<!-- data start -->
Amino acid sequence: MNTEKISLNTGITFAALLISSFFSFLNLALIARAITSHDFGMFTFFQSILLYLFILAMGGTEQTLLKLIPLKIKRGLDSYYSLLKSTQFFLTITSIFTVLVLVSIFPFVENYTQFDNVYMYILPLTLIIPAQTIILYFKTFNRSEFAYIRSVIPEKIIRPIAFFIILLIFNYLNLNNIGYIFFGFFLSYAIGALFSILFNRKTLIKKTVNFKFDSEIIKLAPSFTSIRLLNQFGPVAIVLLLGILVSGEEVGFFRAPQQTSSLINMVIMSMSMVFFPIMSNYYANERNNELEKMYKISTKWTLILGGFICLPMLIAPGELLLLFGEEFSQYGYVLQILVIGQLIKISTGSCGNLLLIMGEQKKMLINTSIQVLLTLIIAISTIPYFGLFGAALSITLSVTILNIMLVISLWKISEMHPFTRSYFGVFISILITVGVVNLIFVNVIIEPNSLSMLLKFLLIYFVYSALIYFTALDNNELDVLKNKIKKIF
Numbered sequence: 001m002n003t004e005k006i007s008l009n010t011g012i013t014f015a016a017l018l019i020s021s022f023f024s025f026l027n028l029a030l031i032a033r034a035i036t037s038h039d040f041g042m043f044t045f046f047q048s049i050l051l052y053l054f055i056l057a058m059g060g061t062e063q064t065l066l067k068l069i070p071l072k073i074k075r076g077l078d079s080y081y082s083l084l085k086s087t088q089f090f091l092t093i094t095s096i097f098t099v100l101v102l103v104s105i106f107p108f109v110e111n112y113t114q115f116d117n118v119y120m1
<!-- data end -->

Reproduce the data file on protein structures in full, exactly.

Amino acid sequence: MNTEKISLNTGITFAALLISSFFSFLNLALIARAITSHDFGMFTFFQSILLYLFILAMGGTEQTLLKLIPLKIKRGLDSYYSLLKSTQFFLTITSIFTVLVLVSIFPFVENYTQFDNVYMYILPLTLIIPAQTIILYFKTFNRSEFAYIRSVIPEKIIRPIAFFIILLIFNYLNLNNIGYIFFGFFLSYAIGALFSILFNRKTLIKKTVNFKFDSEIIKLAPSFTSIRLLNQFGPVAIVLLLGILVSGEEVGFFRAPQQTSSLINMVIMSMSMVFFPIMSNYYANERNNELEKMYKISTKWTLILGGFICLPMLIAPGELLLLFGEEFSQYGYVLQILVIGQLIKISTGSCGNLLLIMGEQKKMLINTSIQVLLTLIIAISTIPYFGLFGAALSITLSVTILNIMLVISLWKISEMHPFTRSYFGVFISILITVGVVNLIFVNVIIEPNSLSMLLKFLLIYFVYSALIYFTALDNNELDVLKNKIKKIF
Numbered sequence: 001m002n003t004e005k006i007s008l009n010t011g012i013t014f015a016a017l018l019i020s021s022f023f024s025f026l027n028l029a030l031i032a033r034a035i036t037s038h039d040f041g042m043f044t045f046f047q048s049i050l051l052y053l054f055i056l057a058m059g060g061t062e063q064t065l066l067k068l069i070p071l072k073i074k075r076g077l078d079s080y081y082s083l084l085k086s087t088q089f090f091l092t093i094t095s096i097f098t099v100l101v102l103v104s105i106f107p108f109v110e111n112y113t114q115f116d117n118v119y120m1